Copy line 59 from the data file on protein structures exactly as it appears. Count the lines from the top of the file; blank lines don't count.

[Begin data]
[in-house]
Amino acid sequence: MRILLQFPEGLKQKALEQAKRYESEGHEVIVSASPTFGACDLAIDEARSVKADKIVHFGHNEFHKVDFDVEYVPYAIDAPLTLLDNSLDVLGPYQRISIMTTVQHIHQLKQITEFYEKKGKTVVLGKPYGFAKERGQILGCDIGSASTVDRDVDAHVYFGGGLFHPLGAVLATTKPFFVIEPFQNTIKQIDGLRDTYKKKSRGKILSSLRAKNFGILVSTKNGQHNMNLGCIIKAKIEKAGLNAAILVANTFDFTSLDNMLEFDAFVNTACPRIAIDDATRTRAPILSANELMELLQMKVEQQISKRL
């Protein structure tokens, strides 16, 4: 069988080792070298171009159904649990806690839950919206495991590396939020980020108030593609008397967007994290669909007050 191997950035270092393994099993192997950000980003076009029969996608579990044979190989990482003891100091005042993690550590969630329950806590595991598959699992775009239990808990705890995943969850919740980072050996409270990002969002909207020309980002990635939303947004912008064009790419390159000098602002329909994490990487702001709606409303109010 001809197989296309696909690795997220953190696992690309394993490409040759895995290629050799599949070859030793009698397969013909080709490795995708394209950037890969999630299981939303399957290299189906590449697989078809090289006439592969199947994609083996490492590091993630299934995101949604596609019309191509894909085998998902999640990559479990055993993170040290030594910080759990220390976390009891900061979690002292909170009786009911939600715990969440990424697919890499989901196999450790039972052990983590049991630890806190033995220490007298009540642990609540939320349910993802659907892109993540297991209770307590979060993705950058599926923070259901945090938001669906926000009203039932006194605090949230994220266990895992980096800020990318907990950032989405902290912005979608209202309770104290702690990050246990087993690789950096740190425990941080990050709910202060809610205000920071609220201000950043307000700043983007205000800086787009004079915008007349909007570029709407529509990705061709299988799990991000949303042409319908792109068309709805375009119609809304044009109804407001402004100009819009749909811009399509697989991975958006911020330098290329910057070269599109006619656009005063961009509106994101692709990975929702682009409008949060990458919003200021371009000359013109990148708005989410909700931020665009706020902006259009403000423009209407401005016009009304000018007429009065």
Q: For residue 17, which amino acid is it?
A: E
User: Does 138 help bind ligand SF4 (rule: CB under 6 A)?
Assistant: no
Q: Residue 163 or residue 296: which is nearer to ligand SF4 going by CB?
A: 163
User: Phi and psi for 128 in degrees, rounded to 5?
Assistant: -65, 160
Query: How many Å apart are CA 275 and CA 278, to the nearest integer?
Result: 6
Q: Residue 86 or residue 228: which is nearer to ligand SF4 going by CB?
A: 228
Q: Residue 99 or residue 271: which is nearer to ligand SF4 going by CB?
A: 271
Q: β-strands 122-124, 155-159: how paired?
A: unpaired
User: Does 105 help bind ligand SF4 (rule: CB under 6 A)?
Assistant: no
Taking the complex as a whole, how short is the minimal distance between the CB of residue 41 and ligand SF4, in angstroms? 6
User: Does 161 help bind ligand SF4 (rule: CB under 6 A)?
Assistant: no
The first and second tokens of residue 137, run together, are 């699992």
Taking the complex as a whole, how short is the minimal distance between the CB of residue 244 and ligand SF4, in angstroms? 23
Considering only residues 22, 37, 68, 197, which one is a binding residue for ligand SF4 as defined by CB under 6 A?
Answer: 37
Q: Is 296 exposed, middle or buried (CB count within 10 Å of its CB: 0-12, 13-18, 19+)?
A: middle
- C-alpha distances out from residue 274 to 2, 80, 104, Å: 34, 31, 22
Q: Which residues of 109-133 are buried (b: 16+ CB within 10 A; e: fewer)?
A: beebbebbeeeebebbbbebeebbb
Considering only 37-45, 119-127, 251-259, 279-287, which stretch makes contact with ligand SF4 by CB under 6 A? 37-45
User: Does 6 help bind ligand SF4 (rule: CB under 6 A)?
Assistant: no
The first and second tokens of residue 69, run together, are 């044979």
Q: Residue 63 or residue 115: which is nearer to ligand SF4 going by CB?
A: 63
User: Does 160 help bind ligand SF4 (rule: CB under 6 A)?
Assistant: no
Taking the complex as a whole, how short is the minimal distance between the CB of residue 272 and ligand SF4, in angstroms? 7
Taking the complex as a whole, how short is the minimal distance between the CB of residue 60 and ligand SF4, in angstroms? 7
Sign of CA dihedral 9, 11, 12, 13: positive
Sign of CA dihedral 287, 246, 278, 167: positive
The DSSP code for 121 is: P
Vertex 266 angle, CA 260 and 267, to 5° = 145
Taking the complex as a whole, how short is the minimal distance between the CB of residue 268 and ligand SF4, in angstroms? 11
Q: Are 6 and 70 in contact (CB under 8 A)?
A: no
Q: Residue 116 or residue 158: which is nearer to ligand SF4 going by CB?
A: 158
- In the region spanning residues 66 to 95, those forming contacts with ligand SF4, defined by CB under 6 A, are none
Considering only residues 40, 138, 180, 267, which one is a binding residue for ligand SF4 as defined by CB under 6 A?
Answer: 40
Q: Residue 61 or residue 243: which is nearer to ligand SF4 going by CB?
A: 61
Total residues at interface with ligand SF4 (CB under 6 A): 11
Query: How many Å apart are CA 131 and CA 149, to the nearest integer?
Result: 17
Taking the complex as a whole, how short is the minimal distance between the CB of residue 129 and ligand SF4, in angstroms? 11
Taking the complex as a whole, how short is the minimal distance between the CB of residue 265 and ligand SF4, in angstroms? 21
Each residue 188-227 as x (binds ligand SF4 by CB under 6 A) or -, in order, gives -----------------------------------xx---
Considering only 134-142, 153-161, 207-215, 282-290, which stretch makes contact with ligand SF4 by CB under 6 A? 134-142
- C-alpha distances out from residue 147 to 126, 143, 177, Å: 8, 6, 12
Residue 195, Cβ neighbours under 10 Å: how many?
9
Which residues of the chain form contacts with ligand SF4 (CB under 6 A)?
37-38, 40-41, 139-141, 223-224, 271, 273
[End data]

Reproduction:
Query: How many Å apart are CA 131 and CA 149, to the nearest integer?